From: TE Chea on 31 Mar 2007 13:21
| > it still gets dirty in the same length of time.
Not if [i] cooling is improved til the hottest cylinders' walls
are <121�C [ii] dust in air intake is all filtered off ;
Mitsubishi & Honda let dust enter distributor cap's air vent,
| dark deposits forming on components
I believe this is tar formed esp in cylinders 2&3 ( hottest in a
4 cylinder inline engine ) because temperatures there reach
121�C ( when mineral oil becomes tar ).
By fitting 6 cable lugs & copper wires ( even 8 per lug ) to the
3 rocker cover bolts ( esp the 1 above these 2 hottest cylinders
) above exhaust manifold, I managed to cool my Mitsubishi*
4G15P til its mineral oil ( Bardahl MXP 10w30 ) remains pale
green, even after 1500 km use in 33�C humid air so far !
I think every manufacturer should @ least do this ( use copper
wires to cool the hottest cylinders ) for hot climates.
From: TE Chea on 31 Mar 2007 12:46
| reading reports years ago (annoyingly difficult to find
| on the 'net) about the interrelationship between oil age and
From: ray on 31 Mar 2007 23:04
Ed White wrote:
> On Mar 30, 2:06 pm, Ray <r...(a)nospam.example.com> wrote:
> The Center for Auto Safety is funded by trail lawyer that web site is
> designed to drum up buisness for trail lawyers. While they might not
> make stuff up, I wouldn't count on CAS providing fair and balanced
> information. The web site is just another commercial like the ones
> amulance chasers run on TV.
I posted that link because it was one of the first ones that came up.
I don't own ANY of the affected cars, but I've seen enough recall
notices coming up on CNN and other sites to conclude there ARE a handful
of current engines that ARE suffering from sludge problems.
My $.02 on oil change intervals and type of oil thus remains:
When your car is under warranty, do what the manual says if you want to
keep the warranty valid. If they want you to use 0W30 and change it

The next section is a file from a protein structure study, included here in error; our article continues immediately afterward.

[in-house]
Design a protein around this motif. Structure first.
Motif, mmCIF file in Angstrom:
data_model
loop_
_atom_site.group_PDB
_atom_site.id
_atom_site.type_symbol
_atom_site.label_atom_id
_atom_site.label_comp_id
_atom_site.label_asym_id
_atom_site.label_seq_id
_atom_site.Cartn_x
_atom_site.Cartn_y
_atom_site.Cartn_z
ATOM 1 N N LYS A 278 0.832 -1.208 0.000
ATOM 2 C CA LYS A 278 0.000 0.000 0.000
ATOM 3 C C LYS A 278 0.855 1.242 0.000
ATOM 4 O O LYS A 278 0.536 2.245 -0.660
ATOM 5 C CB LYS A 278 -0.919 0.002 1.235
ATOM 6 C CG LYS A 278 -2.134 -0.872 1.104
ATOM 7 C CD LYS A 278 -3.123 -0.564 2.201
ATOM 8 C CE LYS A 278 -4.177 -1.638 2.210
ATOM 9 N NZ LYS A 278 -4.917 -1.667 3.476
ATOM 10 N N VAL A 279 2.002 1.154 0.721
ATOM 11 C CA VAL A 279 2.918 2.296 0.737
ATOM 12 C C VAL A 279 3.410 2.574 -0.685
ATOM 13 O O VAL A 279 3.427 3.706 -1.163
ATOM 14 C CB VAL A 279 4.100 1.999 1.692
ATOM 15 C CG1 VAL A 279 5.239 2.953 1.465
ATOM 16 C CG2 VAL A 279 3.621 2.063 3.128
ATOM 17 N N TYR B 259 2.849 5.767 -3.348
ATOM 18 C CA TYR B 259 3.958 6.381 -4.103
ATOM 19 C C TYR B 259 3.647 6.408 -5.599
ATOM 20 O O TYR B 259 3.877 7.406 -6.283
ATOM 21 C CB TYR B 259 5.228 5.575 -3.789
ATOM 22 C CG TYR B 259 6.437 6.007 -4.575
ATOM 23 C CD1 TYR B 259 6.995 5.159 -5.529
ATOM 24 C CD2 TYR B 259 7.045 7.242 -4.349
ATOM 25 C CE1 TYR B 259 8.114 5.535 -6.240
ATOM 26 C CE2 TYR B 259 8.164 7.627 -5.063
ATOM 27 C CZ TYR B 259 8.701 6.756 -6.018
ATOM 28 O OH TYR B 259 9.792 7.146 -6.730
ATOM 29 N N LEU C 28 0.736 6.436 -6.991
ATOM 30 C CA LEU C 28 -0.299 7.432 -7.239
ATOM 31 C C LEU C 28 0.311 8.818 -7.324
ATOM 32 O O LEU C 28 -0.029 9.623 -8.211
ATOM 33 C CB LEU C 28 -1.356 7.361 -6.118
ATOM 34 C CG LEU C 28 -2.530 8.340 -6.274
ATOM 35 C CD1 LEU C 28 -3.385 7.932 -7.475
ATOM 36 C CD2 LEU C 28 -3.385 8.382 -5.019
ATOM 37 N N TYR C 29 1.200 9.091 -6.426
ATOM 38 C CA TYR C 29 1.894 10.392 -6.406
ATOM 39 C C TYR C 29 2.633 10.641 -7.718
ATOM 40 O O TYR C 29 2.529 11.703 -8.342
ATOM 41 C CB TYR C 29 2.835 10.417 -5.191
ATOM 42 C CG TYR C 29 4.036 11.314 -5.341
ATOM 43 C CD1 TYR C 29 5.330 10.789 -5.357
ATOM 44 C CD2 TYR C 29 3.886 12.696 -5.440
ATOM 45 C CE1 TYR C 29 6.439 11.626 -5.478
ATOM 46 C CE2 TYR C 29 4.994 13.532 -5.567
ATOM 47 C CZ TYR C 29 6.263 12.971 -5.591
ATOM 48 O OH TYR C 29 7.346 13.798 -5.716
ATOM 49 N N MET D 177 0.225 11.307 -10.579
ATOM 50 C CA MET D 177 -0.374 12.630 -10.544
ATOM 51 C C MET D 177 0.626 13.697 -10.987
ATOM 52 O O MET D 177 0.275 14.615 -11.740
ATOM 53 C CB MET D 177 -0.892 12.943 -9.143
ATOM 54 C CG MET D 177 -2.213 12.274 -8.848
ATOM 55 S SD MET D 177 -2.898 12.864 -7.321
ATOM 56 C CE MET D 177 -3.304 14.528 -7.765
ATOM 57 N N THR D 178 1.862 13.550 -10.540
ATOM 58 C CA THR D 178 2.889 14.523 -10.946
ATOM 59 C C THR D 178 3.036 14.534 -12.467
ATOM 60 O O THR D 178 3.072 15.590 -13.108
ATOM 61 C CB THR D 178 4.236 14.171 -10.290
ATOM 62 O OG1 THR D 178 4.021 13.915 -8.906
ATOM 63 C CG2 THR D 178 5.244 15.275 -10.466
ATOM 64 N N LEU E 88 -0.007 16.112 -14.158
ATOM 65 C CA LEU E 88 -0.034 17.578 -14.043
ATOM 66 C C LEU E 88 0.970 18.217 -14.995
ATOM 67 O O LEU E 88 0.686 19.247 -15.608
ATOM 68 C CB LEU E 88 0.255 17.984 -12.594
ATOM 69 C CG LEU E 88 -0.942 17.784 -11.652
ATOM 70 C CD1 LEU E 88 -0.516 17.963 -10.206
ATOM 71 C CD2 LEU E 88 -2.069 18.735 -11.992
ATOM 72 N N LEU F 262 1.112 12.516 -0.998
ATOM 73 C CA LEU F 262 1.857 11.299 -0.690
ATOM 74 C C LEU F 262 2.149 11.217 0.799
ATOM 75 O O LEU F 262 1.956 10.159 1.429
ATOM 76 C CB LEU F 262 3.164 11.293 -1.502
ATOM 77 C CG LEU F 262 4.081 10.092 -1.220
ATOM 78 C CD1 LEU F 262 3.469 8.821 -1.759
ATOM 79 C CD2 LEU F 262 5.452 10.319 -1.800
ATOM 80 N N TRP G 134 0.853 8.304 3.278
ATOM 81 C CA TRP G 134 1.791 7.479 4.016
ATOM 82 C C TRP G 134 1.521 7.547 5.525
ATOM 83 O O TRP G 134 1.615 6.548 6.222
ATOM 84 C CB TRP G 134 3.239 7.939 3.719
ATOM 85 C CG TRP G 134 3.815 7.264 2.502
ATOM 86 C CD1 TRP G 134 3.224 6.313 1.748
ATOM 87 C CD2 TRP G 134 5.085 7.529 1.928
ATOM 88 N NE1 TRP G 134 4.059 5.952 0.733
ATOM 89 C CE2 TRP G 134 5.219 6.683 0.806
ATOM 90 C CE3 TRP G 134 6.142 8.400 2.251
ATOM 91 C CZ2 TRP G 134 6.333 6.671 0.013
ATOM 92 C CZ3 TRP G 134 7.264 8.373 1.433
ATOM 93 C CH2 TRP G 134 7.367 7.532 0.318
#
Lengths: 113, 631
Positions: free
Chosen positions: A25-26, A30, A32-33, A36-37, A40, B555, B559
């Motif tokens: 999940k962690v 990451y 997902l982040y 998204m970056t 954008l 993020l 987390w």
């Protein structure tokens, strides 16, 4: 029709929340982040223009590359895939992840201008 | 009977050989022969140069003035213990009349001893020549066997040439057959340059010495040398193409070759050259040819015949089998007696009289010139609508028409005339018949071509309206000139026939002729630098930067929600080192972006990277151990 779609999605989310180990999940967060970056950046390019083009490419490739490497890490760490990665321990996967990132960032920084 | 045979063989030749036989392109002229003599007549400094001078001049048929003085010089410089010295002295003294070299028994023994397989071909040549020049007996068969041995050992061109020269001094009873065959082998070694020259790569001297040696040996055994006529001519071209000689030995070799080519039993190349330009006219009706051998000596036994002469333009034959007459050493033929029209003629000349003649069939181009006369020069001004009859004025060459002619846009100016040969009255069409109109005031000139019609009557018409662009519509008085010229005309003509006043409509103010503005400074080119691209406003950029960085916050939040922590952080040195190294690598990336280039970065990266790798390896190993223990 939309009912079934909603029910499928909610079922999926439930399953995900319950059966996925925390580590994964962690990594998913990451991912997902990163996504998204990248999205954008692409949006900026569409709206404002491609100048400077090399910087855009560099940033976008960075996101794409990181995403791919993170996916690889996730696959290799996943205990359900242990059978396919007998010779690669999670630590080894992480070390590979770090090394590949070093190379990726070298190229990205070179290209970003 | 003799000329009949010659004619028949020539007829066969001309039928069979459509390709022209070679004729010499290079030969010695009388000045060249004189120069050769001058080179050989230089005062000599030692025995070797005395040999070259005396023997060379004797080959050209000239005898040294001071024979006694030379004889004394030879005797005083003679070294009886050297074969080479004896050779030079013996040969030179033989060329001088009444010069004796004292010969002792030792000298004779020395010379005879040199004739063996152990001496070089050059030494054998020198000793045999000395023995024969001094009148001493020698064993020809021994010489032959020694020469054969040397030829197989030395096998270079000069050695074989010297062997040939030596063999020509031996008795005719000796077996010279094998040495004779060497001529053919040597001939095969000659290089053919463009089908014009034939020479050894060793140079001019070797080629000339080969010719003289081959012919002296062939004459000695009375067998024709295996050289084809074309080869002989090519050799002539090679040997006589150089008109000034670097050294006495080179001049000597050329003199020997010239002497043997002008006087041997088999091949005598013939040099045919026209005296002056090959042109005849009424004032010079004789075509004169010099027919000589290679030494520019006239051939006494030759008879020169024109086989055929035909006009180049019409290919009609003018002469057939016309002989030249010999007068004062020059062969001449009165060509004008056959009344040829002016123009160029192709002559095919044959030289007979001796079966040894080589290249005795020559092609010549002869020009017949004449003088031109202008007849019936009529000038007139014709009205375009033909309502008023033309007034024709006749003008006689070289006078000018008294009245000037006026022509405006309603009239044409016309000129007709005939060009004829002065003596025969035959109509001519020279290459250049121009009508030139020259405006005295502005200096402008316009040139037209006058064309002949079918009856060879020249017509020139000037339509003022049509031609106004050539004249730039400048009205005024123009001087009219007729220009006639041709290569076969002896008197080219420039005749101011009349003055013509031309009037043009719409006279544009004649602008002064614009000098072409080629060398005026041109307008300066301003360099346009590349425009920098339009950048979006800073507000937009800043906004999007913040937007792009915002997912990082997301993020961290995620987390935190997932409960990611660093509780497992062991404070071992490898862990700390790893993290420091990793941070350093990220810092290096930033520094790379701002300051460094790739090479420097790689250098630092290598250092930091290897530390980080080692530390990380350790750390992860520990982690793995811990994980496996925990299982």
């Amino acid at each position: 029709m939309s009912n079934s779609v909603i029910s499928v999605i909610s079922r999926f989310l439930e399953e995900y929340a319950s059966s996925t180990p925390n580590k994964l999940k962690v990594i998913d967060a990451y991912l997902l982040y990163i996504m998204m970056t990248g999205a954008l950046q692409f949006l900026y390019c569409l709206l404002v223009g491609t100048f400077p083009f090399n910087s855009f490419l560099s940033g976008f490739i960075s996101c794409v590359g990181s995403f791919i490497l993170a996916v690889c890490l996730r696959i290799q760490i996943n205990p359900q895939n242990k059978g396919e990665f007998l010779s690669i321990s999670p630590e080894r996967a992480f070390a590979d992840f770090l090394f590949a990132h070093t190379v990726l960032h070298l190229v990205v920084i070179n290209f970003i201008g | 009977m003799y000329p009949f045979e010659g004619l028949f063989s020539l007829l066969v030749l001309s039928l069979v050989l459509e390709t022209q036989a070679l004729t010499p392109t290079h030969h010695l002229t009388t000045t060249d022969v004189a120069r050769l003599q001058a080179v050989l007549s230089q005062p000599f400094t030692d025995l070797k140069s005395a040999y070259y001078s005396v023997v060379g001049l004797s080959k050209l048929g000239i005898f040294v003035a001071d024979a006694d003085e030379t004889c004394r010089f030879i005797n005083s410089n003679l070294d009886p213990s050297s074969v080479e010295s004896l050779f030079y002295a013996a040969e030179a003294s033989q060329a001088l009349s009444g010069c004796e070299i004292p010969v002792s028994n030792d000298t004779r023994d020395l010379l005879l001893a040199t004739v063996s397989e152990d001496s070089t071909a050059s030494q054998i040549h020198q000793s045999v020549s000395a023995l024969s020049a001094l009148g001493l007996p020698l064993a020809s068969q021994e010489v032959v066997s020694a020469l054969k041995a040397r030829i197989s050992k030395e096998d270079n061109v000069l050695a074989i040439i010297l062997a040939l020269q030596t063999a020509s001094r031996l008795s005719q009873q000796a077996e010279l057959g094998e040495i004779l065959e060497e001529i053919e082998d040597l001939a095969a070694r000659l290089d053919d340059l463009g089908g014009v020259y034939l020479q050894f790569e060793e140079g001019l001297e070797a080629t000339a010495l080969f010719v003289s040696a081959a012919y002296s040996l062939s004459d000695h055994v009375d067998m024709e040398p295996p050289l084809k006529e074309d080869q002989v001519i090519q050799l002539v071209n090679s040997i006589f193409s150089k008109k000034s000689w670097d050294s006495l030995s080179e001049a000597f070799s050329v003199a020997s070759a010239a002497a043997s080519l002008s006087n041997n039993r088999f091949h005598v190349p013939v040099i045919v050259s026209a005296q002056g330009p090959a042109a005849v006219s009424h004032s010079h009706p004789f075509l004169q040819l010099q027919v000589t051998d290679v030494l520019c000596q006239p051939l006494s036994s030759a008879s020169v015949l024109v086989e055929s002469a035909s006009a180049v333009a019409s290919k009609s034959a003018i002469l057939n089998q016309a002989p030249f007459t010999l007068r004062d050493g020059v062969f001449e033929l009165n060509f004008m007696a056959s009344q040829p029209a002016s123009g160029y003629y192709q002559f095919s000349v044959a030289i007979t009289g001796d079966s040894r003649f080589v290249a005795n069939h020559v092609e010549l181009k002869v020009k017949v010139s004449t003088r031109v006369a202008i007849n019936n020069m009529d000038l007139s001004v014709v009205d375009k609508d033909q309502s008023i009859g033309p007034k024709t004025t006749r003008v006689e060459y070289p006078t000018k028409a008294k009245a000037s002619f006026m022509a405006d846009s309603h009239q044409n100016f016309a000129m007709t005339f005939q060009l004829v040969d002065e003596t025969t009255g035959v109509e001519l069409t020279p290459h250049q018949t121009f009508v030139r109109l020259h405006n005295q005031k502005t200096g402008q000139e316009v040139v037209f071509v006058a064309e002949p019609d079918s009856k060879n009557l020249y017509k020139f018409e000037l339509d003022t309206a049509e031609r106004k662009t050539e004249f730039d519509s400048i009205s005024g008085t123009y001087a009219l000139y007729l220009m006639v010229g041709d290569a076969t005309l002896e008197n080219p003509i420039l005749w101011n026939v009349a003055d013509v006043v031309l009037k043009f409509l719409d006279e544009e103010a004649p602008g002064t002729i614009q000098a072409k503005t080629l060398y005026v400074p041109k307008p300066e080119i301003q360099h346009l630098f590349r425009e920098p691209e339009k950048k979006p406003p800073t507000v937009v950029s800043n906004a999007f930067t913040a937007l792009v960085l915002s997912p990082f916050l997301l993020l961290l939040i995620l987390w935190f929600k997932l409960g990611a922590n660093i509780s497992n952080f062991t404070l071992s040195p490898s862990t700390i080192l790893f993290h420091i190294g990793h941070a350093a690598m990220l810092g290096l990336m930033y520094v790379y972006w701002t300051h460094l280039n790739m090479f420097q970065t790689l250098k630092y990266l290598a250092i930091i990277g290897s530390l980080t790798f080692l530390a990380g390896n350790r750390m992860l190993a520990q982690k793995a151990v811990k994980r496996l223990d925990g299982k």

every 87 days or 4,287 miles, do so. Once it's out of warranty, you can
do whatever you want. I continue to use the severe service schedule for
my cars. It gives me breathing room if I'm behind on my maintenance,
and where I live it gets to -40 in the winter, so if that's not severe
I try not to outsmart the engineers who designed my car, but I also
realize that the car companies want my engine to last a long time, but
not necessarily as long as I want it to last.
From: Hairy on 31 Mar 2007 23:58
"SMS" <scharf.steven(a)geemail.com> wrote in message
> clifto wrote:
>> SMS wrote:
>>> Remember, even Mobil 1 and Amsoil are only semi-synthetic. They use
>>> synthetic base stock but then add petroleum based carrier oil.
>> Everything I can find at www.mobil1.com suggests that Mobil 1 is fully
> Right, it's what you would expect to find on the Mobil 1 site! Actually
> they do allude to it on their site.
> "Each Mobil 1 and Mobil 1 Extended Performance viscosity grade uses a
> unique combination of synthetic fluids _and selected additives_ in order
> to tailor the viscosity grade to its specific application" (underlining
> It's the "selected additives" that are not synthetic. The base stock is
> what is synthetic." The additives can be close to 20% of the volume.
You seem to be long on claims, but short on substantiation.
Anyone can say anything, but until they back it up, it's just more BS.
From: SMS on 1 Apr 2007 01:27
> You seem to be long on claims, but short on substantiation.
> Anyone can say anything, but until they back it up, it's just more BS.
It's the Mobil 1 site that states that their oil is not fully synthetic,
it's not my opinion or my claim.